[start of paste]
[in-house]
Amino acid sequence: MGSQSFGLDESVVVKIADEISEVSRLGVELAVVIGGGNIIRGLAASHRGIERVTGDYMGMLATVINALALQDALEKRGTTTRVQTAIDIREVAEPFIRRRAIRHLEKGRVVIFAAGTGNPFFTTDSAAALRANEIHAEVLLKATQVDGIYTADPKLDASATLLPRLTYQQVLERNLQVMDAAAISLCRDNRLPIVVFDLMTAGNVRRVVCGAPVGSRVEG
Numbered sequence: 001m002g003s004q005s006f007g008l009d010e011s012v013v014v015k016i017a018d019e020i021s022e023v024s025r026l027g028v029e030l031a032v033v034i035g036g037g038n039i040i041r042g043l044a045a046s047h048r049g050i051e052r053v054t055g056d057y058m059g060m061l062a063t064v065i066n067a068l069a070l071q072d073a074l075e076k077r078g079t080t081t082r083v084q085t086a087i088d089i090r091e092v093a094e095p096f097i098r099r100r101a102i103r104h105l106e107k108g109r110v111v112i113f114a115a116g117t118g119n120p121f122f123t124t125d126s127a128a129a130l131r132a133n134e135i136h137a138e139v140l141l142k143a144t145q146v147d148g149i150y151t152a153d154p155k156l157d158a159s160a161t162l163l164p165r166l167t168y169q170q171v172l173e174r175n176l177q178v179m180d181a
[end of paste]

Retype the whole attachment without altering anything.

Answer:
[in-house]
Amino acid sequence: MGSQSFGLDESVVVKIADEISEVSRLGVELAVVIGGGNIIRGLAASHRGIERVTGDYMGMLATVINALALQDALEKRGTTTRVQTAIDIREVAEPFIRRRAIRHLEKGRVVIFAAGTGNPFFTTDSAAALRANEIHAEVLLKATQVDGIYTADPKLDASATLLPRLTYQQVLERNLQVMDAAAISLCRDNRLPIVVFDLMTAGNVRRVVCGAPVGSRVEG
Numbered sequence: 001m002g003s004q005s006f007g008l009d010e011s012v013v014v015k016i017a018d019e020i021s022e023v024s025r026l027g028v029e030l031a032v033v034i035g036g037g038n039i040i041r042g043l044a045a046s047h048r049g050i051e052r053v054t055g056d057y058m059g060m061l062a063t064v065i066n067a068l069a070l071q072d073a074l075e076k077r078g079t080t081t082r083v084q085t086a087i088d089i090r091e092v093a094e095p096f097i098r099r100r101a102i103r104h105l106e107k108g109r110v111v112i113f114a115a116g117t118g119n120p121f122f123t124t125d126s127a128a129a130l131r132a133n134e135i136h137a138e139v140l141l142k143a144t145q146v147d148g149i150y151t152a153d154p155k156l157d158a159s160a161t162l163l164p165r166l167t168y169q170q171v172l173e174r175n176l177q178v179m180d181a